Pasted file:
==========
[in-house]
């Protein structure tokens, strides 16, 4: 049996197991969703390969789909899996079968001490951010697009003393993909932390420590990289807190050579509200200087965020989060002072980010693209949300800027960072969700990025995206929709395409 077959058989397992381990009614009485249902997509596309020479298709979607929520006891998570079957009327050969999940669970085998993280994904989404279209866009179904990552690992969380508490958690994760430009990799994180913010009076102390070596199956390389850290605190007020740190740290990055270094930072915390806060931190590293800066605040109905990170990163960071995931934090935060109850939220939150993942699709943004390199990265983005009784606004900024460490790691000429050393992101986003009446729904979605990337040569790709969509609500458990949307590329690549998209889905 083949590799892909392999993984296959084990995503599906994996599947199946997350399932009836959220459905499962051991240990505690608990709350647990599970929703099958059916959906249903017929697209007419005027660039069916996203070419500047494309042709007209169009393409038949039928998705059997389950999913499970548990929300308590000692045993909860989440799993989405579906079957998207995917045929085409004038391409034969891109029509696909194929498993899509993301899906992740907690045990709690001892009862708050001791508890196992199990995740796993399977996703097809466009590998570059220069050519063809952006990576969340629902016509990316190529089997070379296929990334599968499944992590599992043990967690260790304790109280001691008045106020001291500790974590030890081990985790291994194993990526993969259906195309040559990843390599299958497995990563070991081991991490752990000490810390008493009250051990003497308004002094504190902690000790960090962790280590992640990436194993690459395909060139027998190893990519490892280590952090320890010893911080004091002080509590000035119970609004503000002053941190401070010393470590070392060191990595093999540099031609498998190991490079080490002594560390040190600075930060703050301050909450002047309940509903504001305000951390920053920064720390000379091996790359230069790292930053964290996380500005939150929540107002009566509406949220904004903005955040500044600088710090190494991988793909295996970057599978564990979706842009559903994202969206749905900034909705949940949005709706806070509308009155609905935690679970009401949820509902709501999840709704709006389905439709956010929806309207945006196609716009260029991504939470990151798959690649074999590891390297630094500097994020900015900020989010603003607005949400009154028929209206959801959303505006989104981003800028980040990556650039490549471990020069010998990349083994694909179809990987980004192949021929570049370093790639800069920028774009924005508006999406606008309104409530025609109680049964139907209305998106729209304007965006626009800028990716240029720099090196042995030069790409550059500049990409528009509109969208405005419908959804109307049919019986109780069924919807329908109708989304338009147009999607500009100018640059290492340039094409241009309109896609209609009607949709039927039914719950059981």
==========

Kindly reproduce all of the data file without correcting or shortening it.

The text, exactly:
[in-house]
């Protein structure tokens, strides 16, 4: 049996197991969703390969789909899996079968001490951010697009003393993909932390420590990289807190050579509200200087965020989060002072980010693209949300800027960072969700990025995206929709395409 077959058989397992381990009614009485249902997509596309020479298709979607929520006891998570079957009327050969999940669970085998993280994904989404279209866009179904990552690992969380508490958690994760430009990799994180913010009076102390070596199956390389850290605190007020740190740290990055270094930072915390806060931190590293800066605040109905990170990163960071995931934090935060109850939220939150993942699709943004390199990265983005009784606004900024460490790691000429050393992101986003009446729904979605990337040569790709969509609500458990949307590329690549998209889905 083949590799892909392999993984296959084990995503599906994996599947199946997350399932009836959220459905499962051991240990505690608990709350647990599970929703099958059916959906249903017929697209007419005027660039069916996203070419500047494309042709007209169009393409038949039928998705059997389950999913499970548990929300308590000692045993909860989440799993989405579906079957998207995917045929085409004038391409034969891109029509696909194929498993899509993301899906992740907690045990709690001892009862708050001791508890196992199990995740796993399977996703097809466009590998570059220069050519063809952006990576969340629902016509990316190529089997070379296929990334599968499944992590599992043990967690260790304790109280001691008045106020001291500790974590030890081990985790291994194993990526993969259906195309040559990843390599299958497995990563070991081991991490752990000490810390008493009250051990003497308004002094504190902690000790960090962790280590992640990436194993690459395909060139027998190893990519490892280590952090320890010893911080004091002080509590000035119970609004503000002053941190401070010393470590070392060191990595093999540099031609498998190991490079080490002594560390040190600075930060703050301050909450002047309940509903504001305000951390920053920064720390000379091996790359230069790292930053964290996380500005939150929540107002009566509406949220904004903005955040500044600088710090190494991988793909295996970057599978564990979706842009559903994202969206749905900034909705949940949005709706806070509308009155609905935690679970009401949820509902709501999840709704709006389905439709956010929806309207945006196609716009260029991504939470990151798959690649074999590891390297630094500097994020900015900020989010603003607005949400009154028929209206959801959303505006989104981003800028980040990556650039490549471990020069010998990349083994694909179809990987980004192949021929570049370093790639800069920028774009924005508006999406606008309104409530025609109680049964139907209305998106729209304007965006626009800028990716240029720099090196042995030069790409550059500049990409528009509109969208405005419908959804109307049919019986109780069924919807329908109708989304338009147009999607500009100018640059290492340039094409241009309109896609209609009607949709039927039914719950059981």